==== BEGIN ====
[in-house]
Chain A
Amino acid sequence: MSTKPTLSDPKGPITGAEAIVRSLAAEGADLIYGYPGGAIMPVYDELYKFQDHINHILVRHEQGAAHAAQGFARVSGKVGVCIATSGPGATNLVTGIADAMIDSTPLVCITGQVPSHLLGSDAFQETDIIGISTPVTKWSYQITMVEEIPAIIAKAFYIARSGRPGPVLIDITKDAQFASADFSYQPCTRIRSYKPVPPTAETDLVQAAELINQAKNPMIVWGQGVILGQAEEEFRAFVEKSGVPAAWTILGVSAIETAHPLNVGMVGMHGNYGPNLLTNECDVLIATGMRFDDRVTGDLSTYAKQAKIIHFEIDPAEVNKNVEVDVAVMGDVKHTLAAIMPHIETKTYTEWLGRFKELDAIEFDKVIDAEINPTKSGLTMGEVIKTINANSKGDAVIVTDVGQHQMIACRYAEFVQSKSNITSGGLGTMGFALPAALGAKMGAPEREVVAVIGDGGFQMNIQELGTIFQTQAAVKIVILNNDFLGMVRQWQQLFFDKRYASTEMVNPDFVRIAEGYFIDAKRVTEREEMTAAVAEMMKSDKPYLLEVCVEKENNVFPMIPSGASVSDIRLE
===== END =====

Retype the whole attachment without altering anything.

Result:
[in-house]
Chain A
Amino acid sequence: MSTKPTLSDPKGPITGAEAIVRSLAAEGADLIYGYPGGAIMPVYDELYKFQDHINHILVRHEQGAAHAAQGFARVSGKVGVCIATSGPGATNLVTGIADAMIDSTPLVCITGQVPSHLLGSDAFQETDIIGISTPVTKWSYQITMVEEIPAIIAKAFYIARSGRPGPVLIDITKDAQFASADFSYQPCTRIRSYKPVPPTAETDLVQAAELINQAKNPMIVWGQGVILGQAEEEFRAFVEKSGVPAAWTILGVSAIETAHPLNVGMVGMHGNYGPNLLTNECDVLIATGMRFDDRVTGDLSTYAKQAKIIHFEIDPAEVNKNVEVDVAVMGDVKHTLAAIMPHIETKTYTEWLGRFKELDAIEFDKVIDAEINPTKSGLTMGEVIKTINANSKGDAVIVTDVGQHQMIACRYAEFVQSKSNITSGGLGTMGFALPAALGAKMGAPEREVVAVIGDGGFQMNIQELGTIFQTQAAVKIVILNNDFLGMVRQWQQLFFDKRYASTEMVNPDFVRIAEGYFIDAKRVTEREEMTAAVAEMMKSDKPYLLEVCVEKENNVFPMIPSGASVSDIRLE